Homeland Security Secretary Jeh Johnson  (AP Photo/Manuel Balce Ceneta)

Homeland Security Secretary Jeh Johnson and his staff have made improving morale at the sprawling agency a top priority for nearly two years, boosting employee training, studying how to improve fairness in hiring and promotions, addressing what ties the diverse workforce of 22 departments together.

Yet DHS ranked at the bottom — for a fourth year running — of the 19 largest federal agencies in this year’s Best Places to Work in the Federal Government survey, released Tuesday.

[Homeland Security ranks dead last in morale — again — but Jeh Johnson’s morale is high]

Just 43.1 percent of homeland security employees say DHS is a good place work, a small dip of 0.9 percent over 2014. While 65.9 percent of those surveyed said their skills are well-matched to the agency’s mission, only 31.4 percent say they have confidence in their senior leaders, and 30.7 percent believe that promotions are based on merit.

Johnson, a former Pentagon general counsel who took the top job at DHS in December 2013, on Tuesday sent an email to the 240,000 employees who work for him expressing his frustration with the rankings.

[Good news: Federal worker morale may have bottomed out. Bad news: It’s still terrible]

“I’m disappointed,” he wrote. “We know improving employee satisfaction takes time, and we will not give up. We have an aggressive plan to do this.”

He noted that the survey, put out every year by the Partnership for Public Service and Deloitte, reflects improving morale in some corners, particularly in the Office of the Secretary and other departments at the Washington, U.S. Citizenship and Immigration Services and the Office of Science and Technology.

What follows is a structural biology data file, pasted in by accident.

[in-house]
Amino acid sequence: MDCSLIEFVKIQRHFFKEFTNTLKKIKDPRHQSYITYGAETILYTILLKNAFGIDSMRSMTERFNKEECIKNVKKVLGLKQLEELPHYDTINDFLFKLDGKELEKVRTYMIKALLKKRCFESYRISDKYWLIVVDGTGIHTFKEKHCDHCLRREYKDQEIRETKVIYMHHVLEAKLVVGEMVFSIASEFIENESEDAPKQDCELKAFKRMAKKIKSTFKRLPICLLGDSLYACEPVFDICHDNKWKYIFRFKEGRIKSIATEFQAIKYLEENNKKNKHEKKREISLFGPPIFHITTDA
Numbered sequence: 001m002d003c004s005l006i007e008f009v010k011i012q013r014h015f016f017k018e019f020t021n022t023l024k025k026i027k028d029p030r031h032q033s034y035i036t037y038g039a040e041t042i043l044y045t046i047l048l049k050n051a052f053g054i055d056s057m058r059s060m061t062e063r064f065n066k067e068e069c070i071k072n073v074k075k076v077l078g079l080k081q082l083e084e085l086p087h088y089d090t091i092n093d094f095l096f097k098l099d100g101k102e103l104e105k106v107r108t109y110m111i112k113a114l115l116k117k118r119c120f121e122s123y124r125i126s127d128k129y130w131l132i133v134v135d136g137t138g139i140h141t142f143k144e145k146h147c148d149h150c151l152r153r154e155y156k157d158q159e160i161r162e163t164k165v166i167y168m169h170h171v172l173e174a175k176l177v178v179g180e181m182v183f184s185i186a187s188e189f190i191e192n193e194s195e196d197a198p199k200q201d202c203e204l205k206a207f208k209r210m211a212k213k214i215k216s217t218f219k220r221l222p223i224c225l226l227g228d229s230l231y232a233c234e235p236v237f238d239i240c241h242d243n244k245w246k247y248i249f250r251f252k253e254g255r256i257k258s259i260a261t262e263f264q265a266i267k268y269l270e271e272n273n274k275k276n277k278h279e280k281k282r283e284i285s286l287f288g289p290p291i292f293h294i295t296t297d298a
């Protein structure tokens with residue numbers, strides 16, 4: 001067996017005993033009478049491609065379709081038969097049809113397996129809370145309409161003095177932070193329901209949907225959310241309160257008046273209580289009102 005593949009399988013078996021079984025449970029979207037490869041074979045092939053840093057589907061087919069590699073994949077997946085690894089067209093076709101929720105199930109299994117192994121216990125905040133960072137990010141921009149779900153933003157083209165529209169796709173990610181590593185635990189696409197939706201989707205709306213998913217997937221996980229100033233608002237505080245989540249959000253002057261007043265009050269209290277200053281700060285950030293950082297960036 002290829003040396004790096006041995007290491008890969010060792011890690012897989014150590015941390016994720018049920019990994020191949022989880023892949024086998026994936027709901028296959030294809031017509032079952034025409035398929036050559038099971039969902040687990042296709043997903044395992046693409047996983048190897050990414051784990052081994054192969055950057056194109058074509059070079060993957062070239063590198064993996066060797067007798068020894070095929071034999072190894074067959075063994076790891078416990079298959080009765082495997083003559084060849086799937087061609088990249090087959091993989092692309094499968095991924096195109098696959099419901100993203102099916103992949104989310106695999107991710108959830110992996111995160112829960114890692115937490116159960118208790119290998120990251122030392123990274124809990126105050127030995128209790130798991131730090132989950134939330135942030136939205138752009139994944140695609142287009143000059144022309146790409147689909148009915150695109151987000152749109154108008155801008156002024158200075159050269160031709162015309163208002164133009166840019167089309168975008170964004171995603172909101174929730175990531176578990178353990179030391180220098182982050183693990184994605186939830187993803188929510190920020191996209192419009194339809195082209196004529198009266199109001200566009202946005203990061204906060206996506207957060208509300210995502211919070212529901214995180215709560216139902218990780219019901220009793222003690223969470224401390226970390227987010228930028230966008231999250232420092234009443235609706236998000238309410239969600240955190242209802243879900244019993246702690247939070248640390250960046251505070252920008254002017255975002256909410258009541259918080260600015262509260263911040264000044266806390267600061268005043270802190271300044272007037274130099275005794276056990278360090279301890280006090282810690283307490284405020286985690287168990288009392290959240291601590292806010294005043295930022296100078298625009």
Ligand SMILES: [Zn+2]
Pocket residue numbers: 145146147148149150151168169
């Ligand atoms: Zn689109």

[DHS morale sinks further despite new leadership at the top, survey shows]

But he stressed that the public “and our own DHS workforce” need to “recognize the vital work they do to protect the homeland.” He cited some recent examples, including the response of the agency’s counterterrorism and intelligence teams to assess and respond to the attacks in Paris, San Bernadino, Calif. and the crash of a Russian passenger plane over the Sinai Peninsula in October.

But he seemed worried about the “self-fulfilling” element of surveys like these. “Continue to tell workers they are unhappy, and they believe you.”

Here’s the full text of Johnson’s email:

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